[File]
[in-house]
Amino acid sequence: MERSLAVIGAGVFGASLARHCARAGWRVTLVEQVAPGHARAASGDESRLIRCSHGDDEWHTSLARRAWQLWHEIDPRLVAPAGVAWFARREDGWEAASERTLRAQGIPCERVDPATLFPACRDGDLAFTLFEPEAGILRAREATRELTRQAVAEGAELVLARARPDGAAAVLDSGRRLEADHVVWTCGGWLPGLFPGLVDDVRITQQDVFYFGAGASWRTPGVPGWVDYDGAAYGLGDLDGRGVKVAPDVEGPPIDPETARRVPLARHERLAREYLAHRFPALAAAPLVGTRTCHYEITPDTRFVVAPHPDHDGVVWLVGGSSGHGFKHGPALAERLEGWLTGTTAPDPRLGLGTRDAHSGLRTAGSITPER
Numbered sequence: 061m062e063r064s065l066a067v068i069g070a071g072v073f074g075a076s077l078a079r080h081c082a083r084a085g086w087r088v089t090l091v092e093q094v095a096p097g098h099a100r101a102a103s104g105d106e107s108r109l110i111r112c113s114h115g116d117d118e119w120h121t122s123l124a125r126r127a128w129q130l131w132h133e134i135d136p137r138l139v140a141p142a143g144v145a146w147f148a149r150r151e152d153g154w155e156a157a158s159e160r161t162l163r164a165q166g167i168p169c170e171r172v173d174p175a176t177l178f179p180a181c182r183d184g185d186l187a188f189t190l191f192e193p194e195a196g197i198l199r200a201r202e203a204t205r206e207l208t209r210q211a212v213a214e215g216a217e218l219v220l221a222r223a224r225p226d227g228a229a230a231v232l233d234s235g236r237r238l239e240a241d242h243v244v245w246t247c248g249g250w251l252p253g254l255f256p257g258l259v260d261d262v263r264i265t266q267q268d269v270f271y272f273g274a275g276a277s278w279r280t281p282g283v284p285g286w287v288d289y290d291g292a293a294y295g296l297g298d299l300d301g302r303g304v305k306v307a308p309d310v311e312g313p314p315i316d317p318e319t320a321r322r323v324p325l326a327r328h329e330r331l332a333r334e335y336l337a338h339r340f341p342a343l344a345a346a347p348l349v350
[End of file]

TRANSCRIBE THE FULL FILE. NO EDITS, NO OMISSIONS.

[in-house]
Amino acid sequence: MERSLAVIGAGVFGASLARHCARAGWRVTLVEQVAPGHARAASGDESRLIRCSHGDDEWHTSLARRAWQLWHEIDPRLVAPAGVAWFARREDGWEAASERTLRAQGIPCERVDPATLFPACRDGDLAFTLFEPEAGILRAREATRELTRQAVAEGAELVLARARPDGAAAVLDSGRRLEADHVVWTCGGWLPGLFPGLVDDVRITQQDVFYFGAGASWRTPGVPGWVDYDGAAYGLGDLDGRGVKVAPDVEGPPIDPETARRVPLARHERLAREYLAHRFPALAAAPLVGTRTCHYEITPDTRFVVAPHPDHDGVVWLVGGSSGHGFKHGPALAERLEGWLTGTTAPDPRLGLGTRDAHSGLRTAGSITPER
Numbered sequence: 061m062e063r064s065l066a067v068i069g070a071g072v073f074g075a076s077l078a079r080h081c082a083r084a085g086w087r088v089t090l091v092e093q094v095a096p097g098h099a100r101a102a103s104g105d106e107s108r109l110i111r112c113s114h115g116d117d118e119w120h121t122s123l124a125r126r127a128w129q130l131w132h133e134i135d136p137r138l139v140a141p142a143g144v145a146w147f148a149r150r151e152d153g154w155e156a157a158s159e160r161t162l163r164a165q166g167i168p169c170e171r172v173d174p175a176t177l178f179p180a181c182r183d184g185d186l187a188f189t190l191f192e193p194e195a196g197i198l199r200a201r202e203a204t205r206e207l208t209r210q211a212v213a214e215g216a217e218l219v220l221a222r223a224r225p226d227g228a229a230a231v232l233d234s235g236r237r238l239e240a241d242h243v244v245w246t247c248g249g250w251l252p253g254l255f256p257g258l259v260d261d262v263r264i265t266q267q268d269v270f271y272f273g274a275g276a277s278w279r280t281p282g283v284p285g286w287v288d289y290d291g292a293a294y295g296l297g298d299l300d301g302r303g304v305k306v307a308p309d310v311e312g313p314p315i316d317p318e319t320a321r322r323v324p325l326a327r328h329e330r331l332a333r334e335y336l337a338h339r340f341p342a343l344a345a346a347p348l349v350